The Straddle on Vault is harder to perform on modern Table shaped Vaults as they are narrower compared to the old-style wide vaults of the 1970s and 1980s.
Straddle Over Vault
Once a gymnast has mastered the Straddle On they can develop this into a Straddle Over by not stopping on top of the Vault.
Legs should stay straight and toes pointed as they pass over and around the Vault.
The arms should push off the Vault quickly to help lift the chest and land. Many gymnasts find this difficult as it is a scary Vault to learn but it results in them leaving their hands behind on the Vault, dropping the head and chest and making it hard to land on the feet.
The Handspring Vault and the remaining Vaults listed in this article begin to step up a difficulty level. Although I class them as beginner Vaults they will still take many months to learn and gymnasts will need to do regular strength and conditioning to prepare their body.
The Handspring Vault is often the first Vault a gymnast will perform where they become inverted (go upside down). A high stack of mats is often used so that the gymnast can start learning the handspring by landing on their back.
Because the Handspring Vault is a building block to more advanced Vaults, it is vital that good technique is learned from early on.
To perform a Handspring Vault, the gymnast takes off facing forwards and passes through a Handstand shape when the hands contact the Vault. In more advanced versions of the Handspring, somersaults and twists are added before landing. however, a basic Handspring Vault simply lands on its feet after passing through Handstand.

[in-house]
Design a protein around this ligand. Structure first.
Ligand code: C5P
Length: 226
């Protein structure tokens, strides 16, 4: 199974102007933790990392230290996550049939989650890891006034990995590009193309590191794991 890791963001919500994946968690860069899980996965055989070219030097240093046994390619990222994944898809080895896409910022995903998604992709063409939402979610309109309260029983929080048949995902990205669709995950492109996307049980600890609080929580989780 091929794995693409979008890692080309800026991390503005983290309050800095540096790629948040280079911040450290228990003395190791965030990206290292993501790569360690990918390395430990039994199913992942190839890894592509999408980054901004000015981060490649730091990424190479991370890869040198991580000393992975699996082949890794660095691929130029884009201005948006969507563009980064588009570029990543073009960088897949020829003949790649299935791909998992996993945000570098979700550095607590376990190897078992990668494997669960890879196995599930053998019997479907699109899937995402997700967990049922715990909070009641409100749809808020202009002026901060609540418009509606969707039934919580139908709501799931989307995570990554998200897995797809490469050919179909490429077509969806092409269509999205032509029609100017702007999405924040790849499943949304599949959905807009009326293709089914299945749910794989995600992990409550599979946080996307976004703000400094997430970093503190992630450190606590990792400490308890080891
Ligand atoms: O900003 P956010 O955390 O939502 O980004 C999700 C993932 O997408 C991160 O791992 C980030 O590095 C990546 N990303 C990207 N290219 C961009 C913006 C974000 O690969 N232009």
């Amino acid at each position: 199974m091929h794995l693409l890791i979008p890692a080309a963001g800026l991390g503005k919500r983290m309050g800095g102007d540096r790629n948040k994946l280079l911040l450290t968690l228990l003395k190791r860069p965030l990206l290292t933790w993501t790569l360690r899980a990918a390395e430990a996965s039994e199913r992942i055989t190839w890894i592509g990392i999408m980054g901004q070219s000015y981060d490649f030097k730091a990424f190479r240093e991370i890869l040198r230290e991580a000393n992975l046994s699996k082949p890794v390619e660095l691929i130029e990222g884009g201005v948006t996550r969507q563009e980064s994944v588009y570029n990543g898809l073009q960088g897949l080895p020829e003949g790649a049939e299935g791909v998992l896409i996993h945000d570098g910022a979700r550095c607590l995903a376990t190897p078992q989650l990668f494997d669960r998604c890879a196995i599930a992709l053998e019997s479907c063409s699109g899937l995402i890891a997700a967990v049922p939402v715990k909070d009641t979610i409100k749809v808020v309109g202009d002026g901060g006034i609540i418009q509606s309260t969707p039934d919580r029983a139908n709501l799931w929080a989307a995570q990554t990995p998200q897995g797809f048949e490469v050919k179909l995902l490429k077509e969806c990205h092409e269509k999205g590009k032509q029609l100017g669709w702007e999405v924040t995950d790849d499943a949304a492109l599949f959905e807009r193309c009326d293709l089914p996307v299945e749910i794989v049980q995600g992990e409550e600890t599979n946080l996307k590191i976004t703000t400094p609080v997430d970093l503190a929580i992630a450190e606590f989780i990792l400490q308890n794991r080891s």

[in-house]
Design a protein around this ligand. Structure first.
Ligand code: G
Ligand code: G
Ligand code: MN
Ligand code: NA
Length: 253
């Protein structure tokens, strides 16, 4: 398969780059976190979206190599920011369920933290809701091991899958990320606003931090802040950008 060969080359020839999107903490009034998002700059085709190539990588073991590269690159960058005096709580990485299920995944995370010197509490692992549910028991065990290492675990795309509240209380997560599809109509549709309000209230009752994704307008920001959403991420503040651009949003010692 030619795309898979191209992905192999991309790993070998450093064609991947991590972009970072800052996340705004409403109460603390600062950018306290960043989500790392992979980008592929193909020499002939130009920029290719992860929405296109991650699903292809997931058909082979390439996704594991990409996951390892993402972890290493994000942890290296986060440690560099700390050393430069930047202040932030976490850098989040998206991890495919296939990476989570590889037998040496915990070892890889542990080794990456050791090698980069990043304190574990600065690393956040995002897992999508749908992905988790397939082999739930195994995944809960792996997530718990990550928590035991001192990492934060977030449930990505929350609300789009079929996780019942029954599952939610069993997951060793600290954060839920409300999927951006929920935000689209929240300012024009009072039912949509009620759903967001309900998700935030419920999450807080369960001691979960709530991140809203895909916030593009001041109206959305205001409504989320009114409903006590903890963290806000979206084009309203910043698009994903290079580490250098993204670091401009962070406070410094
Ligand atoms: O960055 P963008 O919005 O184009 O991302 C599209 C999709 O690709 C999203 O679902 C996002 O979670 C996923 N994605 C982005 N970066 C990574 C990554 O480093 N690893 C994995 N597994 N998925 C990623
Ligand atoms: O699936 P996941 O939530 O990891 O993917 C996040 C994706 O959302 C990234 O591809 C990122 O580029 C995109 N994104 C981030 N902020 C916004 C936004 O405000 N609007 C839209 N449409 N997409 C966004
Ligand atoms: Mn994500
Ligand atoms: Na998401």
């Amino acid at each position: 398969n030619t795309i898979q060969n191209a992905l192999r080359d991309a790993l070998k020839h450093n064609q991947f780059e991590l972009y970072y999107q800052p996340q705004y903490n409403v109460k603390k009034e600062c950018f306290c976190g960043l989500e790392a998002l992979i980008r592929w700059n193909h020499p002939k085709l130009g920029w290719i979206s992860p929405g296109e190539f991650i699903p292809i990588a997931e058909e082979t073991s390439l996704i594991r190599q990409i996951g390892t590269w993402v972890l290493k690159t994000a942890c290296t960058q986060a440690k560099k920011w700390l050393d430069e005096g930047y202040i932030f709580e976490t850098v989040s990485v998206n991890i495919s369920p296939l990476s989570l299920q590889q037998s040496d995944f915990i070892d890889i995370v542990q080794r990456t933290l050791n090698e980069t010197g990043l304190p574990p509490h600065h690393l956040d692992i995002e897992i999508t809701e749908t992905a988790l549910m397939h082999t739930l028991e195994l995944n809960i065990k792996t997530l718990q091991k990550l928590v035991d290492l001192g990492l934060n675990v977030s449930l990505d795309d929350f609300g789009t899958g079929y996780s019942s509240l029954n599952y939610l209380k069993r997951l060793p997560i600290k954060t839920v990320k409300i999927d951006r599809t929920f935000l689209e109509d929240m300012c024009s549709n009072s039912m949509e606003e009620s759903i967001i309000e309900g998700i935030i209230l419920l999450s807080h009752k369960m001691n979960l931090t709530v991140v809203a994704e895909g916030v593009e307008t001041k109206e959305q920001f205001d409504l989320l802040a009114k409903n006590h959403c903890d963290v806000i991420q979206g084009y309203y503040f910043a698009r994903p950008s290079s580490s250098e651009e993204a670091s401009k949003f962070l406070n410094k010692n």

Round Off Vault (Half on)
The Round Off Vault belongs to the Tsukahara family of Vaults. The simplest way to describe a Round Off Vault is by performing a Handspring but adding a Half Turn before the hands contact the Vault.
This means the gymnast is facing backward as they contact the Vault. For more advanced gymnasts they can then add somersaults, but a basic Half On will simply land on the feet after contacting the Vault.
Half on Half Off Vault
Once the Half On has been mastered, a gymnast can add another Half Turn after they contact the Vault. This will complete the Half On Half Off Vault.
A gymnast will need to have a good level of conditioning and understand the concept of twisting to be able to learn the Half on Half Off Vault.
Half on Full Off Vault
As the name suggests, the gymnast will need to complete a full 360-degree twist after contacting the Vault.
Most gymnasts will first learn the Half On Half Off and then add an extra 180-degree twist. They can even begin by doing the final Half Turn Jump after they land. The body should stay straight and extended throughout the whole Vault.
The Gymnastics Vault requires a lot of mental strength to overcome the fear of jumping and landing safely. A gymnast should build their confidence by slowly adding difficulty and progressing one step at a time.
The variations of Vault moves are huge and if you want to read more about the history of Vault check out my complete guide to the Vault here. You can also read about more advanced Vault moves including The Yurchenko.